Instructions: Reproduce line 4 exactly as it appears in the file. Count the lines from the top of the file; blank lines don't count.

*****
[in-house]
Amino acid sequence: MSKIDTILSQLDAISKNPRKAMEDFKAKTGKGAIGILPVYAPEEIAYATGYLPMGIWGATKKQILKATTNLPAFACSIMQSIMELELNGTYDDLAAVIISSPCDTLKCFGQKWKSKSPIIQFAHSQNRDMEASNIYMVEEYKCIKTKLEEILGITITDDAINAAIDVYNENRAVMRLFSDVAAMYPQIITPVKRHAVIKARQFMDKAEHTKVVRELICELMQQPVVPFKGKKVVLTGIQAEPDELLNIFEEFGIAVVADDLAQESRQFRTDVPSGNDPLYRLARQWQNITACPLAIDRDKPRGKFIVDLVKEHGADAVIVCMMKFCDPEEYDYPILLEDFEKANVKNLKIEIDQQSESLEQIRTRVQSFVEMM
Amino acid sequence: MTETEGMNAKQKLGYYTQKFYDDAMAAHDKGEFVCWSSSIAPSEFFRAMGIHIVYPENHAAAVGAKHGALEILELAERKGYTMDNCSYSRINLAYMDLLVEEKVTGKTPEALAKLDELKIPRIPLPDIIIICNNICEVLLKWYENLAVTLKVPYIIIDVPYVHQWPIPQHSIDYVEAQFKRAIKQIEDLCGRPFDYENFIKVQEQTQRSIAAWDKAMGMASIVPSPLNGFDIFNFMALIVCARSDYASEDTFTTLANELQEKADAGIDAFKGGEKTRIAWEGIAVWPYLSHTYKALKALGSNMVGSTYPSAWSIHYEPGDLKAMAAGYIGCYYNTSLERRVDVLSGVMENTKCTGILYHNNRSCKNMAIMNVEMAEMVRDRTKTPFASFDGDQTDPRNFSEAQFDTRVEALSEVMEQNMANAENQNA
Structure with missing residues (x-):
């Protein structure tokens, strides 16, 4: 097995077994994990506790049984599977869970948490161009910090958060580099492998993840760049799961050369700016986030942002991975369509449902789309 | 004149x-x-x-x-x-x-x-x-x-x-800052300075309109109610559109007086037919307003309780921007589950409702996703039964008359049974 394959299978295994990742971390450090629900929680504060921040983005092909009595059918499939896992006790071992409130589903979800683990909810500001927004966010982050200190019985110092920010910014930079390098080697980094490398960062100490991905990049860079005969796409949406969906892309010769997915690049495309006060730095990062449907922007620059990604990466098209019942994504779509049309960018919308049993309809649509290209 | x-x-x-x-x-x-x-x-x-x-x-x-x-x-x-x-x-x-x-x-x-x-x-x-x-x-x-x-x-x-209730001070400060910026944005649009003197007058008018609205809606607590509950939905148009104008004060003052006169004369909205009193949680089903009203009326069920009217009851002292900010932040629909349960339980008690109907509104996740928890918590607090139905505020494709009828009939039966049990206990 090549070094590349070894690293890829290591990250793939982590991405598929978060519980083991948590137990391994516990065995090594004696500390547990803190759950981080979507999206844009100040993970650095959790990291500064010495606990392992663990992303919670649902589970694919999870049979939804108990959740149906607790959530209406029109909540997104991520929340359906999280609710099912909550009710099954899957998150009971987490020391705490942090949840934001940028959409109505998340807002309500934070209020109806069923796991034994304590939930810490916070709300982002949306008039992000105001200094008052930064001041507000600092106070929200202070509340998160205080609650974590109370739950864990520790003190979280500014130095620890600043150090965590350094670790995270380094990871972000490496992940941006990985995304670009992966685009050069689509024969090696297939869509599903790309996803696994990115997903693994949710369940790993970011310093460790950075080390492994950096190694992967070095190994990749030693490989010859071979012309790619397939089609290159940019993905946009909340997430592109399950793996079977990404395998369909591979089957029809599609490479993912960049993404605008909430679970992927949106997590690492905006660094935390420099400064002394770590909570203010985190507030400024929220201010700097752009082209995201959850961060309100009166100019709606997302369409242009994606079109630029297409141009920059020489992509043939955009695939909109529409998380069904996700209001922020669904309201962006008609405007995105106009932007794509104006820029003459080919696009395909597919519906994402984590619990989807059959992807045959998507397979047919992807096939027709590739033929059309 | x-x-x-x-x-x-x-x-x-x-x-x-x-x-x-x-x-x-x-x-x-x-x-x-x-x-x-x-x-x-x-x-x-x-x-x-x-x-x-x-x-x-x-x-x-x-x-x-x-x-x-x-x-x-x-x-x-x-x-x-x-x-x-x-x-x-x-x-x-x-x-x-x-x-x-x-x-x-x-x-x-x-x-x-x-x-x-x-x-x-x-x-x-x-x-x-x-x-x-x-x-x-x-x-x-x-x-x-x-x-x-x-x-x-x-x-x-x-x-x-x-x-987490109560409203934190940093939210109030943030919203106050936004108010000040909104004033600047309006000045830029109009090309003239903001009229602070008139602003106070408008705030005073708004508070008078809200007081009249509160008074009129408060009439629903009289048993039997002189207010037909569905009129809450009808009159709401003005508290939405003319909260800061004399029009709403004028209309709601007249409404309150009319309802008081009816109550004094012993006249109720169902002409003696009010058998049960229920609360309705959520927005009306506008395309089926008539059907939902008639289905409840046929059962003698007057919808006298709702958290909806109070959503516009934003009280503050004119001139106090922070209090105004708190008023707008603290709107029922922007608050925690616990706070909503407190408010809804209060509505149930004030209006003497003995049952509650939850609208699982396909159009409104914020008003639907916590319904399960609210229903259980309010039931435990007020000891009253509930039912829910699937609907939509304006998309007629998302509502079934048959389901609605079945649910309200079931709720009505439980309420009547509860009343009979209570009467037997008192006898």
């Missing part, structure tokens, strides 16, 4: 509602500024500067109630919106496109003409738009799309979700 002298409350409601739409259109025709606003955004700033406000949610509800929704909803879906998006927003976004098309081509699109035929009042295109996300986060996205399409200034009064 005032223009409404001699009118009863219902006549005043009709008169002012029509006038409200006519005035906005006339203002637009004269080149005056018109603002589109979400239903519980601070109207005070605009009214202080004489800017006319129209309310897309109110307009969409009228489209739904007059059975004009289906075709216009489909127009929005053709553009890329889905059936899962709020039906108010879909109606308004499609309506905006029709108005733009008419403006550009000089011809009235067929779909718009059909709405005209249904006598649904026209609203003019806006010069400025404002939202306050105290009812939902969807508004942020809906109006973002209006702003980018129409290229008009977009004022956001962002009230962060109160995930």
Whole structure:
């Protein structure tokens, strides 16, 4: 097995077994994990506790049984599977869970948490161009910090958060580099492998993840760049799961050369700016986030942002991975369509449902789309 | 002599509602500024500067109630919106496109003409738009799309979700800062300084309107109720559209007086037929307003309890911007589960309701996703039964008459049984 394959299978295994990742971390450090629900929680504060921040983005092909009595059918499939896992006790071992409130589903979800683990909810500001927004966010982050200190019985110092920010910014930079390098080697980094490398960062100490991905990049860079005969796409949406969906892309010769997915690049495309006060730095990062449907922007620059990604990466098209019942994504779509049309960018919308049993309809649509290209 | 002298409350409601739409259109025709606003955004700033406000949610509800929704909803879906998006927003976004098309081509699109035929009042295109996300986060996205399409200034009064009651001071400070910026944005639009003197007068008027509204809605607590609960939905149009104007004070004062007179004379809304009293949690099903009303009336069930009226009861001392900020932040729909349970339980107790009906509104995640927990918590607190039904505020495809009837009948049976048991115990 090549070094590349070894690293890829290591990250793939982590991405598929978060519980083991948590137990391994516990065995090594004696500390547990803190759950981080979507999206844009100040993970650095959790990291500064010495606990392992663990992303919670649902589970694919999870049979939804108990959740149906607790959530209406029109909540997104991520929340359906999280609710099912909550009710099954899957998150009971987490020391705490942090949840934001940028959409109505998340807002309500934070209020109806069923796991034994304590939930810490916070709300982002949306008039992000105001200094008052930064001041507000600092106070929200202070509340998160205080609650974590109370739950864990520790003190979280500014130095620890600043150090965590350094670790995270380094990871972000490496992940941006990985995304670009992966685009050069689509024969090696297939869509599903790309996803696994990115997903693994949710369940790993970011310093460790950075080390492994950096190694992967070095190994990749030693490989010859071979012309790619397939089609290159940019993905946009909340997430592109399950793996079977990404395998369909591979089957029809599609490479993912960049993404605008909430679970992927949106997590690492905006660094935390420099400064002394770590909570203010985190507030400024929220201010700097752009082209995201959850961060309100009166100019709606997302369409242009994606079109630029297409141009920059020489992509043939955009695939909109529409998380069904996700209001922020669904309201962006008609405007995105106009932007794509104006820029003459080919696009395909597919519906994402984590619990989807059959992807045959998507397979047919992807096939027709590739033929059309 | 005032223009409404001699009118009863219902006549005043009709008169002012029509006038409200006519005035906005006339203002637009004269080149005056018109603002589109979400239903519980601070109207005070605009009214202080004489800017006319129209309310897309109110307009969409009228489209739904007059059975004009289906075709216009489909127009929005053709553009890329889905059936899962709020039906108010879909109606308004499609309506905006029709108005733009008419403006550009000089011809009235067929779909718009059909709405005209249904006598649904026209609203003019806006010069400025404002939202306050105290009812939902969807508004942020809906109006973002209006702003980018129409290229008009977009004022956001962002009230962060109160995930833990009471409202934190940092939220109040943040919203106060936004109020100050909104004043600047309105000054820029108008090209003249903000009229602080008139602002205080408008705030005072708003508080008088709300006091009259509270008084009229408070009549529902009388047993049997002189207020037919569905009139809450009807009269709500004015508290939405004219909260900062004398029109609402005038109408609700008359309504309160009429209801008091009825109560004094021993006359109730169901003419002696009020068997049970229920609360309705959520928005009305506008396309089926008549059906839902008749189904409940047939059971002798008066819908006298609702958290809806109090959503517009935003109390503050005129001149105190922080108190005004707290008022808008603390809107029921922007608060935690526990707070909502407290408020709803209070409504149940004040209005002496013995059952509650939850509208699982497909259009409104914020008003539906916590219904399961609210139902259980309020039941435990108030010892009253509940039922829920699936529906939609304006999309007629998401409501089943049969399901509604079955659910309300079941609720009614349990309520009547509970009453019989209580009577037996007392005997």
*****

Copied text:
Structure with missing residues (x-):